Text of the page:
Requiem for a Scheme

Dalrymple has written a piece for the new National Review that summarizes the problems of “the giant Madoff scheme that is the European social model“:

For years it has been clear that there is no means by which the state can meet its increasing self-assumed obligations without large-scale borrowing. The cost of meeting the obligations has stifled the economic growth that is the only way they could have been met without a Madoff scheme. France, by no means the worst offender, has managed to balance its budget three times in the last 40 years. In other words, borrowing is our way of life, and in some cases (that of Greece, for example) it might even be said to be our livelihood.

Read it here (purchase required).

8 thoughts on “Requiem for a Scheme

  1. David

    For much of Northern Europe, the European social model seems to work fine – far better than the kind of reckless capitalism that America and Britain have pioneered. But I don’t suppose one as biased as Dalrymple is likely to see it that way.

  2. Clinton

    Northern European countries have very small, racially homogenous and relatively unambitious populations. You simply cannot compare them to countries like Britain and the US – especially the US, which is a massive, continental nation of 300 million highly ambitious people with high expectations of achievement, standard of living and innovation. America, as the world’s most popular destination for immigrants, also performs an important function of accepting huge numbers of the world’s poor, and processing them into more productive, wealthier citizens. This would simply be impossible in the much more static economies of northern Europe.

    Sweden, in particular, maintains a degree of income equality that discourages risk-taking and innovation. It also has an aggregate tax bite of more than half of GDP. Americans would never accept giving up such a huge proportion of their income to the government.

    Northern European countries have in recent decades begun to accept large numbers of immigrants for the first time, and have shown themselves to be uniquely bad at integrating them. Unemployment among Sweden’s large Muslim population is above 50%, for example, and the country is experiencing an epidemic of rape committed by Muslim immigrants, with the highest level of rape in Europe, twice that of runner-up UK. The Netherlands has the highest crime rate in Europe.

    Lastly, Dalrymple’s views are not the result of bias, but of a lifetime of world travel and reading. A former liberal, he changed his views in accordance with his experiences visiting nearly every country in the world. This is the exact opposite of bias: it is open-mindedness and a willingness to alter one’s position in accordance with facts and experience.

  3. David

    I’m not entirely sure whether the integration of Muslims into Scandinavian countries has much to do with this. Take Germany for example – ethnically fairly diverse, plenty of entrepreneurs and a close adherent to the European social model. Then compare how that country and the dynamic, risk-taking USA have emerged out of the credit crunch: the latter, a bloodied and bleeding invalid with trillions of dollars of debt and a healthcare sytem in dire need of repair; the former, a booming manufacturing economy with one of the best healthcare systems in the world.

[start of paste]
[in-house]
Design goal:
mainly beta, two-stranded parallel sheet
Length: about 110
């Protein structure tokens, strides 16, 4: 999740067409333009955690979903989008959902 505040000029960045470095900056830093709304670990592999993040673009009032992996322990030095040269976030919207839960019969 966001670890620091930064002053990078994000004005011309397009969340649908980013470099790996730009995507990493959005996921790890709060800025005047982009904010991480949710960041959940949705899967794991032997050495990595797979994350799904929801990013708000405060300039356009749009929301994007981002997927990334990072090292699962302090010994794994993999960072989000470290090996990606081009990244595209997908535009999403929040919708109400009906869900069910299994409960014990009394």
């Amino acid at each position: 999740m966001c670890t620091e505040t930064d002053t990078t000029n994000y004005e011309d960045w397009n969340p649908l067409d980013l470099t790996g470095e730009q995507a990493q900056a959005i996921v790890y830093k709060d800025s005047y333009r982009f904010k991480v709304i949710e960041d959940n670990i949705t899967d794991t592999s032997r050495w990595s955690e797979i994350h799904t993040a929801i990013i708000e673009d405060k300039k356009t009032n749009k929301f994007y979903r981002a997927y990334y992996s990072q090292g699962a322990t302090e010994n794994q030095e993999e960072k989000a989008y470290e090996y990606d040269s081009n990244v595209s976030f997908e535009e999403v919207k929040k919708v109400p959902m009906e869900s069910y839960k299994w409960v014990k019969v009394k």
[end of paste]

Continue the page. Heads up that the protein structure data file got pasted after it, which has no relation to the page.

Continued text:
Of course, some governments have attempted to use the phony capitalism of the past couple of decades to bribe voters and swell the state – just as individuals have used it to enrich themselves. But surely Germany is testimony to the fact that there is no big problem with the European social model when based on sound economic principles and a solid manufacturing base. If, on the other hand, it’s based on the kind of cowboy capitalism developed in America and slavishly followed by Britain, Ireland and others, then the state will clearly come a cropper – as will many of the financial institutions of that country. Attempting to blame it all on European healthcare and social security seems to me to be the workings of a deeply biased, one-sided mind.

  4. PeachPalfiumPantheon

    Requiem for a Scheme?
    No surprise Dalrymple chose that as a title. It is a pun on one of the most stridently anti-drugs books ever written. Opiates are shown to lead not to romancing of any kind but disease, incarceration and the destruction of the human spirit.

  5. Clinton

    Germany is in no way representative of the European social model, and anyway is only one country surrounded by many others indebted by overly generous social security systems that have made promises they cannot keep. This was the point of the article, and it is undeniable. Why else are they cutting benefits? Surely not because the French have suddenly converted to laissez faire.

    Make no mistake: America’s health care system is the best in the world (before the spiraling costs and declining quality that are on their way due to Obama’s reform, which by the way moves America’s system much closer to Europe’s).


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